On the drive back home, we talked about what happened. I told T the girl was just trying to play with him and that next time, he should use his words to tell a kid to step back, instead of slapping them.

Friendship is something I think about often. Research and anecdotal data consistently shows that kids with FASD – of which T has a prognosis of – often have a hard time making and keeping friends. Common reasons include a lack of understanding of social cues and behaviour or dysmaturity, when one behaves at a less mature level than their peers.

I find it very sad when I read the stories on our online group of other parents who talk about how their children’s friends outgrow them or how they get bullied. Having had a few, thankfully not many, bullies as a student, I think about preparing T to respond to and to be resilient about potential bullying situations.

When I observe T and how he interacts with children, including his seven-year-old cousin, the common observation I make is that T has a challenge with regulating his emotions. I can see how social issues can arise and how his behaviour can alienate other children, despite good intentions.

One evening last summer, while we were playing in the park after dinner, a group of kids ages 9-10, asked T if he wanted to race with them. T got so excited and revved up from 0 to 60 within seconds. He ran to get his tricycle and charged past the starting line, while the kids were still gathered there on their bikes. He was so excited that he ended up just cycling on his own, moving ever so quickly, rather than playing together with the other kids.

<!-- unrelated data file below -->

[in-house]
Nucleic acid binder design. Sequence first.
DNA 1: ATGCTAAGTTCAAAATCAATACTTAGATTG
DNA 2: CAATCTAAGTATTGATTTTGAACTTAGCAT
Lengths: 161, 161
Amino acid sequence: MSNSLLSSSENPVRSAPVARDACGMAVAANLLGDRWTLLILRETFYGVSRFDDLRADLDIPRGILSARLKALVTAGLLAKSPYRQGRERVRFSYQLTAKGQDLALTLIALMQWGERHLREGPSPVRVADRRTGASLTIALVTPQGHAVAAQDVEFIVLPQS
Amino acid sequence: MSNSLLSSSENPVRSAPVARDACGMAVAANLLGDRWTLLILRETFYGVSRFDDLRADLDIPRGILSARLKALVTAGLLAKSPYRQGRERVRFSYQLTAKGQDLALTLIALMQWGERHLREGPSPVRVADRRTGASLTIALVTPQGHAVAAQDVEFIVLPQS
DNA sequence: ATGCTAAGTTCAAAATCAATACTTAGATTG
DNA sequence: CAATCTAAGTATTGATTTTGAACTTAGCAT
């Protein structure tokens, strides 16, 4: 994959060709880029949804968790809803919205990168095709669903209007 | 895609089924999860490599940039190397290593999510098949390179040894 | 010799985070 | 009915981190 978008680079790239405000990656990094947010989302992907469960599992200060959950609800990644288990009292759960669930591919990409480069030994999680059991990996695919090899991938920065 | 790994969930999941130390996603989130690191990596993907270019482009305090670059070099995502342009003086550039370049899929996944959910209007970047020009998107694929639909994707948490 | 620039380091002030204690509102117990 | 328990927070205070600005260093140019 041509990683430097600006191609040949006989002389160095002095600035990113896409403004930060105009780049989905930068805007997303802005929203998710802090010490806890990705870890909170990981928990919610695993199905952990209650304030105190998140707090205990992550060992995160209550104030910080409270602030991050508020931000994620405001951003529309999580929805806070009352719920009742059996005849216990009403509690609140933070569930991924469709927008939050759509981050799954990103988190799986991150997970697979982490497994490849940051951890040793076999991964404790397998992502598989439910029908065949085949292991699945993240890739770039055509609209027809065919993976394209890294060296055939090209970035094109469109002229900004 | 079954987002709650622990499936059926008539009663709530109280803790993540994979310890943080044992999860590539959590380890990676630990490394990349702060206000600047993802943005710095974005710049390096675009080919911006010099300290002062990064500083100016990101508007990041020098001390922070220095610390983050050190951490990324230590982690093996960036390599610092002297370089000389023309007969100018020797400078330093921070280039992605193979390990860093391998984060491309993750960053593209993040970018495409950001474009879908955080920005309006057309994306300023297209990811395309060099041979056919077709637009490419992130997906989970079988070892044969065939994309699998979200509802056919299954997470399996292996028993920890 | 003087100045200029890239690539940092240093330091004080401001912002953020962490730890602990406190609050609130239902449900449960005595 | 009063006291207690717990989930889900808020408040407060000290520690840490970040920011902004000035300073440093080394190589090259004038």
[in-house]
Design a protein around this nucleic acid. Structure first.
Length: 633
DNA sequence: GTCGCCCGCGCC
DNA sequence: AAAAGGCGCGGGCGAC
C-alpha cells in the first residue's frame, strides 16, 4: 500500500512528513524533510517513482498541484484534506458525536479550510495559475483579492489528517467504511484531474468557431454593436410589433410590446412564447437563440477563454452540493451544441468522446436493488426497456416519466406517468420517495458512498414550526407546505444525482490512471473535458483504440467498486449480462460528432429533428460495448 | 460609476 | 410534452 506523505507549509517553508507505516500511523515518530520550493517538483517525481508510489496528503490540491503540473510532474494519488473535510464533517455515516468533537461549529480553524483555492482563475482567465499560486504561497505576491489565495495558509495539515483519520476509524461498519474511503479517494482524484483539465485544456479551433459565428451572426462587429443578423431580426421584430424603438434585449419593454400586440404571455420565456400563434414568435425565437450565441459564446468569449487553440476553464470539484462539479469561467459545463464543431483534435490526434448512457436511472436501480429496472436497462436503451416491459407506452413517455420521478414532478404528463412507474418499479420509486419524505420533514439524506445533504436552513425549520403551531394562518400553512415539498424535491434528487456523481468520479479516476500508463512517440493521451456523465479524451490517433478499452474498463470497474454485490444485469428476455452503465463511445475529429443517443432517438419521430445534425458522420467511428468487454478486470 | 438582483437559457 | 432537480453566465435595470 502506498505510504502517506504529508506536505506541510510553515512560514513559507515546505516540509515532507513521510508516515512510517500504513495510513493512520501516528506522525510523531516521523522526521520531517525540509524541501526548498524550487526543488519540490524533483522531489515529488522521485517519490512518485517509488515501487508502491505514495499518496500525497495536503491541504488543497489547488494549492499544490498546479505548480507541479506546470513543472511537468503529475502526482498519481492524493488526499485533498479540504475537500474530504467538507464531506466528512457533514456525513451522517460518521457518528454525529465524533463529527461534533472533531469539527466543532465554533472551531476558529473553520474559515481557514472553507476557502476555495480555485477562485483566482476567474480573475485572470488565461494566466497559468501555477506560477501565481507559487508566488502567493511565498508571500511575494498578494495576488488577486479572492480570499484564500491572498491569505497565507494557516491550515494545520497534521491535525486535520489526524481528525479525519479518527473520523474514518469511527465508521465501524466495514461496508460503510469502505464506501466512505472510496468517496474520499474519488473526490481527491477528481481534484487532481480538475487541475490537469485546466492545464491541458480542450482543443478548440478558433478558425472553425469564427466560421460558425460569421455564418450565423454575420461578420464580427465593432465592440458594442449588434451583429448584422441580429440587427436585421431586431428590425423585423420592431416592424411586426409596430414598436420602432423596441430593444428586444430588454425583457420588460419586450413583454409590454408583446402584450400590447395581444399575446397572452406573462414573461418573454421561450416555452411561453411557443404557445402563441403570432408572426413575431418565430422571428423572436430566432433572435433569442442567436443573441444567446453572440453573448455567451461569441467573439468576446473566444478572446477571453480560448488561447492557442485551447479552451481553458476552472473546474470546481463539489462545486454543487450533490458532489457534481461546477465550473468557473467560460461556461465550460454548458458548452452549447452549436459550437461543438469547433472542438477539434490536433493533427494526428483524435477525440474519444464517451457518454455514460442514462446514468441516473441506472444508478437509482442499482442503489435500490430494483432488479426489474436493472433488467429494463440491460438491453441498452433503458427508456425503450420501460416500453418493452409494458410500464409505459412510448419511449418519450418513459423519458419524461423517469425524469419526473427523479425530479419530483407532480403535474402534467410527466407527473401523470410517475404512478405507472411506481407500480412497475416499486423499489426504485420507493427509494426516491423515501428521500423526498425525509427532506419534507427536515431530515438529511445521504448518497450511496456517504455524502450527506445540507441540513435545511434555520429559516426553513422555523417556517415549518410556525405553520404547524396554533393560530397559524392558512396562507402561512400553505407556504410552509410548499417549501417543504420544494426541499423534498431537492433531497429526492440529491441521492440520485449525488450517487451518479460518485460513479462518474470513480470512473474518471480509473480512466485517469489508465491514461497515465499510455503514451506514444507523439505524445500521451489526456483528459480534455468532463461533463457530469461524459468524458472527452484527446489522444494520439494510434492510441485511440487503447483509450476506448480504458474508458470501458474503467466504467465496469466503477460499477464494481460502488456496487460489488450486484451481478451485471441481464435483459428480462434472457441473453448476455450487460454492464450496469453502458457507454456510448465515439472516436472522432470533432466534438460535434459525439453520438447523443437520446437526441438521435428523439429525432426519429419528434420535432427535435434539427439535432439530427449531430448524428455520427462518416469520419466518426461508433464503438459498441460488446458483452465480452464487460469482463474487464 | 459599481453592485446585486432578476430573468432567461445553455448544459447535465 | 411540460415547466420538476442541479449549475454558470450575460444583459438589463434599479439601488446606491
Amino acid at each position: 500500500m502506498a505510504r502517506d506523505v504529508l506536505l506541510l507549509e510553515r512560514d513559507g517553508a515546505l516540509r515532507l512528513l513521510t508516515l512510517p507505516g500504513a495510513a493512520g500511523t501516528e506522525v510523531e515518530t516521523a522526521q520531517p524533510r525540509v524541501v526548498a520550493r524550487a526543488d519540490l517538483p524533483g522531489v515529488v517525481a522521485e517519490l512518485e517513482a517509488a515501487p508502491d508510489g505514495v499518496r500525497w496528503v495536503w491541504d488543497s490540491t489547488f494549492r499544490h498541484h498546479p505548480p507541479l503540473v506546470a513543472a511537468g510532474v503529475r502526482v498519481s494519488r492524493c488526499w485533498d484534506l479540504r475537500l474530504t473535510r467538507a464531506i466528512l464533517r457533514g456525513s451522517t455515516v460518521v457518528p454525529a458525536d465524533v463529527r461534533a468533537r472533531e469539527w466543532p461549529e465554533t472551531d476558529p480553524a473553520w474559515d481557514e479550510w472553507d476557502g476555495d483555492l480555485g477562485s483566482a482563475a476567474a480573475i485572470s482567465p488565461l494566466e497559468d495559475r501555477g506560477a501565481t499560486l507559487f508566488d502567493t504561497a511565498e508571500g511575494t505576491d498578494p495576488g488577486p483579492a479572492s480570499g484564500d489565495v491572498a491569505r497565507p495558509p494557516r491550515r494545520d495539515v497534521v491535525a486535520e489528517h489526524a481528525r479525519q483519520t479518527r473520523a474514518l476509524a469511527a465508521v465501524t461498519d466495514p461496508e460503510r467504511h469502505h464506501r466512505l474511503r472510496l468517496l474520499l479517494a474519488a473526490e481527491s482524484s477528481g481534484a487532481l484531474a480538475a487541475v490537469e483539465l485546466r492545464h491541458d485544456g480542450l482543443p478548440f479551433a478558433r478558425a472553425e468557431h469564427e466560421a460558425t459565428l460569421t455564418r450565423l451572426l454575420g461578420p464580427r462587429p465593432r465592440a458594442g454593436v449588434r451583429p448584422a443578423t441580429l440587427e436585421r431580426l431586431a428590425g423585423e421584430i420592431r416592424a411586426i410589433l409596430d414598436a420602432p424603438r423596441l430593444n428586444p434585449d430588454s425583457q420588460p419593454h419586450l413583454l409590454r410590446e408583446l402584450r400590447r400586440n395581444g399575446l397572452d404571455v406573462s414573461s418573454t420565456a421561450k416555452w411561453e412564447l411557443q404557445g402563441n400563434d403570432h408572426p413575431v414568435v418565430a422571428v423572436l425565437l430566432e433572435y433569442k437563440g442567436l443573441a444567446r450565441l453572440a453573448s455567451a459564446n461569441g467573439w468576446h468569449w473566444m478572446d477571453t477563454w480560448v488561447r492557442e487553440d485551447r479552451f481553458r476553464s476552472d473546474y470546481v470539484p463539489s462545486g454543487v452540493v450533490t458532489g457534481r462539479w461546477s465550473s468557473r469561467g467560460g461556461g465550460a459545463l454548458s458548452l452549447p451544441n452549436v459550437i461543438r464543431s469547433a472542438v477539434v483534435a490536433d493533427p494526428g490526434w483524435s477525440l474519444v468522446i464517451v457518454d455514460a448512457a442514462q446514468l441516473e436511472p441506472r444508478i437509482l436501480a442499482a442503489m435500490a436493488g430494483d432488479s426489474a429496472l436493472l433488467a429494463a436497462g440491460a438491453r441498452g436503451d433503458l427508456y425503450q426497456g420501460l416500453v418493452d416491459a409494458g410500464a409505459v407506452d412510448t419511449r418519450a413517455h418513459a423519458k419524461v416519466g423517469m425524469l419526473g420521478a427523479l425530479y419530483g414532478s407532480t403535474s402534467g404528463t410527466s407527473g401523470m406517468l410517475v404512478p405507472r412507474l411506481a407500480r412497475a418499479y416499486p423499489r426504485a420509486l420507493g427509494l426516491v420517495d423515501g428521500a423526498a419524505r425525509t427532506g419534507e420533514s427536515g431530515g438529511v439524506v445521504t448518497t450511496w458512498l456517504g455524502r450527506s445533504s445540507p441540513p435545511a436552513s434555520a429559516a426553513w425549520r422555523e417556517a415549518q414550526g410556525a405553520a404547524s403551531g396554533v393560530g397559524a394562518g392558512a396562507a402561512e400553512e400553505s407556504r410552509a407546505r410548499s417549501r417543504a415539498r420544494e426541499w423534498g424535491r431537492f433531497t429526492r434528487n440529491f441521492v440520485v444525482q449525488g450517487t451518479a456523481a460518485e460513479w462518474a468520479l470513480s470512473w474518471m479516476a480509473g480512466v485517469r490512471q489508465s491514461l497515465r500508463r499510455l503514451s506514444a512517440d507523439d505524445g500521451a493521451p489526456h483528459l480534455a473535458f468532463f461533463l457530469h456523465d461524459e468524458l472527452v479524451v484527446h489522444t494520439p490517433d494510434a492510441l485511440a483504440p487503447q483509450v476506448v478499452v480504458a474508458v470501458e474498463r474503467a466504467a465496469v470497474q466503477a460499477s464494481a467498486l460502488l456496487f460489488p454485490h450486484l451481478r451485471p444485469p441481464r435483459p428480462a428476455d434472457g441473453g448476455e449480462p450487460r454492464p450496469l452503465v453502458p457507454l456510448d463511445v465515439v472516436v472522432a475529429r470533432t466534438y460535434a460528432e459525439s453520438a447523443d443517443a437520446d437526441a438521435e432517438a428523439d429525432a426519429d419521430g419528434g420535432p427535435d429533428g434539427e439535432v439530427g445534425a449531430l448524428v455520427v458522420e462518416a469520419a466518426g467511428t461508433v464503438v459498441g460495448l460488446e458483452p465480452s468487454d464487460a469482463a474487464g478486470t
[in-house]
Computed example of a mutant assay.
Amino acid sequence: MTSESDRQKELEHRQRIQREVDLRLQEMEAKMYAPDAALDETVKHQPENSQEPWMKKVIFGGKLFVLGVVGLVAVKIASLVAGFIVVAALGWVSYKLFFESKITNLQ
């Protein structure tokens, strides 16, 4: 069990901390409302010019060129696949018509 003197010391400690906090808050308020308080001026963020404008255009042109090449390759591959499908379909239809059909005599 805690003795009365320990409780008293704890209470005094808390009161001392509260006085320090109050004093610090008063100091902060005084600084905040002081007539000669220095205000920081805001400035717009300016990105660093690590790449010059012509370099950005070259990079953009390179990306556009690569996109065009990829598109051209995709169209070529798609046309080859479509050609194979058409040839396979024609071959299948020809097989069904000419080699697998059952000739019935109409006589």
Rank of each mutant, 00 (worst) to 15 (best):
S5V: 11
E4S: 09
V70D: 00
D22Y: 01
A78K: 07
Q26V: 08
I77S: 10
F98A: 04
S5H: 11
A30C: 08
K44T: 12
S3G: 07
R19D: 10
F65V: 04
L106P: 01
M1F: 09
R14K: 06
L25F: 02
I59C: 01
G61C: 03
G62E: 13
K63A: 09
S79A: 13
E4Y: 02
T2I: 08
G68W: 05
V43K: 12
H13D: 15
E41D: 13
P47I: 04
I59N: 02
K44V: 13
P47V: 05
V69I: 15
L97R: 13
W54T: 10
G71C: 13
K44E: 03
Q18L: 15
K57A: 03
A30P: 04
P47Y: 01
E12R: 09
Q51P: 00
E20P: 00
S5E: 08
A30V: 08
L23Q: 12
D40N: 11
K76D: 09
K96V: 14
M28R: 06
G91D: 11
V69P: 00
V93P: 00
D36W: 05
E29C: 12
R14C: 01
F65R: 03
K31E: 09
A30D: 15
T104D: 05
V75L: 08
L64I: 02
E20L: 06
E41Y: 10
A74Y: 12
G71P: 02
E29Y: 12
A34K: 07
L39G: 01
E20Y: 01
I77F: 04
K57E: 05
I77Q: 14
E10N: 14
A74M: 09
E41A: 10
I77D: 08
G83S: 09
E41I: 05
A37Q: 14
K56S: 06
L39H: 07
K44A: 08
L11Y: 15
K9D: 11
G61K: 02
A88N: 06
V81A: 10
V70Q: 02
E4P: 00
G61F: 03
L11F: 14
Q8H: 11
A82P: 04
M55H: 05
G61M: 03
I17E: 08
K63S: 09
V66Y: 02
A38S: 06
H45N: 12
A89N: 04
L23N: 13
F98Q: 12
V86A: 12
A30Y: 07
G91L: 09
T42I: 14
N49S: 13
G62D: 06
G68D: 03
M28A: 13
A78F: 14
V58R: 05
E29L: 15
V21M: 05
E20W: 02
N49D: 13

In the grand scheme, no biggie. It was actually quite adorable to watch, but the kids ended up just playing without T, who couldn’t calm down from his excitement.

As a parent, the instinct is often to want to solve your child’s problems for them – as a parent should. In the case of friendship, my hubby and I think that the best thing we can do as T’s parents is to help guide and coach T and to help him foster the skills and intuition to navigate a social situation, without us holding his hand. For example, we were certainly not going to ask the other kids to play with him at the PlaySpace. That is something T has to learn to do on his own.

And he will learn.

As I’ve written many times, T has so many incredible strengths. Among them is his charming, funny and friendly personality. Once you get to know him, he will win you over. We are working with him – with thanks to amazing expert supports – to help him learn how to regulate his emotions, to control his response to situations when he is overwhelmed or over excited, and to vocalize his feelings.

It’s a work in progress, not just for T but for my hubby and I, as his parents.

And the wonderful thing about young children is that they often see the good in others and enjoy and live in the moment. They’ll generally make any situation into one of play.

One thing I am better at now is enjoying the moment. As a parent of a child with special needs, you are often on edge all the time when you are in a public setting – anticipating or responding to a social situation caused by your child’s behaviour.